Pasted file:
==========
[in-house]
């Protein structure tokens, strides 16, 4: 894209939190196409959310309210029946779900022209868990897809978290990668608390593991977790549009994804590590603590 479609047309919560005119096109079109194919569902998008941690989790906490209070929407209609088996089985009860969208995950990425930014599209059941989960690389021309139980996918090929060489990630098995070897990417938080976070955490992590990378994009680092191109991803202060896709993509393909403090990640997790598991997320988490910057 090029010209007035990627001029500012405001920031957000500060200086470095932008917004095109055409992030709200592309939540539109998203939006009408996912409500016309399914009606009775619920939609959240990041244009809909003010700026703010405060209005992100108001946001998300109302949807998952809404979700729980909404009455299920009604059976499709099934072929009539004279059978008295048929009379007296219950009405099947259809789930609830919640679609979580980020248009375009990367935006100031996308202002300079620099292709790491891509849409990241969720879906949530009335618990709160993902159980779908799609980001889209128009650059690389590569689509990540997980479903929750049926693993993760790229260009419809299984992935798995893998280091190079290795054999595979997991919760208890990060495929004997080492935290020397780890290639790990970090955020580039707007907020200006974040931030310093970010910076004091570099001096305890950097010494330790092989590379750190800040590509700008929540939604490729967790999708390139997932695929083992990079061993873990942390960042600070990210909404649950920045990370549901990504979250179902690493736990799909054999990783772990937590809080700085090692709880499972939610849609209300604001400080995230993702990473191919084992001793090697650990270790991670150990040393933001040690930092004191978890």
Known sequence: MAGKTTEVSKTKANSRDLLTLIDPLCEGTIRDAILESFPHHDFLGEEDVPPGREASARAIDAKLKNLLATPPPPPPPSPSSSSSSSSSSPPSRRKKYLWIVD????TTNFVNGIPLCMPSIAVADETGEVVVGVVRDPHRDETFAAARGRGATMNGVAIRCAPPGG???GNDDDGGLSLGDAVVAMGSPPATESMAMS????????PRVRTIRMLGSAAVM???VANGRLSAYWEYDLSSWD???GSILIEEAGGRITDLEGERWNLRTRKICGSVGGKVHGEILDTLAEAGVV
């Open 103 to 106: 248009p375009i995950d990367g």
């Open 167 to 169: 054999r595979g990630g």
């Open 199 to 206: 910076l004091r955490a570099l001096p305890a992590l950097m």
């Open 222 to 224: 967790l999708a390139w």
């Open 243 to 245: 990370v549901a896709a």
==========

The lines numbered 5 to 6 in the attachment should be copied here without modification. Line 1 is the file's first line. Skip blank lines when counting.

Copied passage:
């Open 167 to 169: 054999r595979g990630g």
């Open 199 to 206: 910076l004091r955490a570099l001096p305890a992590l950097m």